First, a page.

Retailing super-giant Wal-Mart announced this week a new movie download service that will compete with similar services from Apple Inc., CinemaNow, and MovieLink. But Wal-Mart is offering a single major benefit over other services: Unlike Apple and the others, Wal-Mart is selling movies from all five major movie studios, a first.

A beta version of the Wal-Mart Video Downloads service is now available from the Wal-Mart Web site. The company is offering about 3,000 near-DVD-quality Hollywood movies for download, at prices ranging from $12.88 to $19.88, and it will offer new movies for download the day they are released on DVD. Wal-Mart is also offering TV show downloads for $1.96 an episode, about 4 cents cheaper than TV shows purchased from Apple's iTunes Store.

Wal-Mart's entry into this market is considered monumental, even though its online music service generated little attention. That's because Wal-Mart is responsible for over 40 percent of all DVD movie sales in the US, and movie studios are wary of angering the company. So while Apple was only able to attract two movie studios, Disney and Paramount, and offers a woefully small catalog, Wal-Mart is entering the market with all studios on board.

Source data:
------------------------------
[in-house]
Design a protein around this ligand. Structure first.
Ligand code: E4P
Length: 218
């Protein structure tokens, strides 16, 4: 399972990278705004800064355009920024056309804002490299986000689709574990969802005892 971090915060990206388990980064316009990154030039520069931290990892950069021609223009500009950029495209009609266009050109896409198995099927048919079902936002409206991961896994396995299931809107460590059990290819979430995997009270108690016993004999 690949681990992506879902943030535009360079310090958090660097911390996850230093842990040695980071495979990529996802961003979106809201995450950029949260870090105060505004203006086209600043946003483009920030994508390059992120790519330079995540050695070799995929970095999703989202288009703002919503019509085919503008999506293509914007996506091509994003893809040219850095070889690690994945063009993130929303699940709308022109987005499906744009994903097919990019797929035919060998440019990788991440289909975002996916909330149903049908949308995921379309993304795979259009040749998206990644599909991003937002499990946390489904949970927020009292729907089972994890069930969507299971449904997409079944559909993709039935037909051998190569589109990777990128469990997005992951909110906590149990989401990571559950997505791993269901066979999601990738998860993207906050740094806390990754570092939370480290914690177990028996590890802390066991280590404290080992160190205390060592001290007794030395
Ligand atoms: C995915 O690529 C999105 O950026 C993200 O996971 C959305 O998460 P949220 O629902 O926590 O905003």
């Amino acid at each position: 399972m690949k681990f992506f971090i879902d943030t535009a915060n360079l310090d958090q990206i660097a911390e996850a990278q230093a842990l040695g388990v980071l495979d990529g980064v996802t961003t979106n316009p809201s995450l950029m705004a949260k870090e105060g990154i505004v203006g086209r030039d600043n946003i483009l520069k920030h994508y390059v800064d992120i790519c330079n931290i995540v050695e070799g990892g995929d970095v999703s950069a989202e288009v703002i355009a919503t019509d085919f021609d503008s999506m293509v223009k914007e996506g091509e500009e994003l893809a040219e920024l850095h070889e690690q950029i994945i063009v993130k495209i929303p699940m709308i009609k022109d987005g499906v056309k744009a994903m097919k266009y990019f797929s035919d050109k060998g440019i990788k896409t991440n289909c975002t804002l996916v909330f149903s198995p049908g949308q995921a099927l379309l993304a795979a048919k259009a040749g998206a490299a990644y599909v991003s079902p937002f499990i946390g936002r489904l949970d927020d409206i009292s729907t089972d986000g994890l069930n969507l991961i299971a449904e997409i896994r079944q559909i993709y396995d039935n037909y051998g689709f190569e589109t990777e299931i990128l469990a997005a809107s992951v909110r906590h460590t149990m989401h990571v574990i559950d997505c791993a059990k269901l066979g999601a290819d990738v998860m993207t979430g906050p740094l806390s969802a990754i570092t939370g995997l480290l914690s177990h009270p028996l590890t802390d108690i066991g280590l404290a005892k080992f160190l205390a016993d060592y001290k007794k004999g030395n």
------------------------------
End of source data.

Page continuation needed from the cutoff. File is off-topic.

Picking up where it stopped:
Wal-Mart has another advantage as well: Its download service utilizes Microsoft's Windows Media technologies, which is immediately compatible with the vast majority of PCs used worldwide, as well as a diverse group of portable devices, Media Center PCs, and other devices. Downloads from Wal-Mart will not play on Macintosh computers, which constitute less than 3 percent of all PC users worldwide, or on iPods. (The latter, of course, is more problematic given the iPod's success.)

For Apple, however, all isn't lost: Wal-Mart's entry into this market now frees movie studios to make deals with other online services. Previously, many had feared upsetting Wal-Mart by jumping onboard with Apple, which still dominates online sales of music, movies, and TV shows.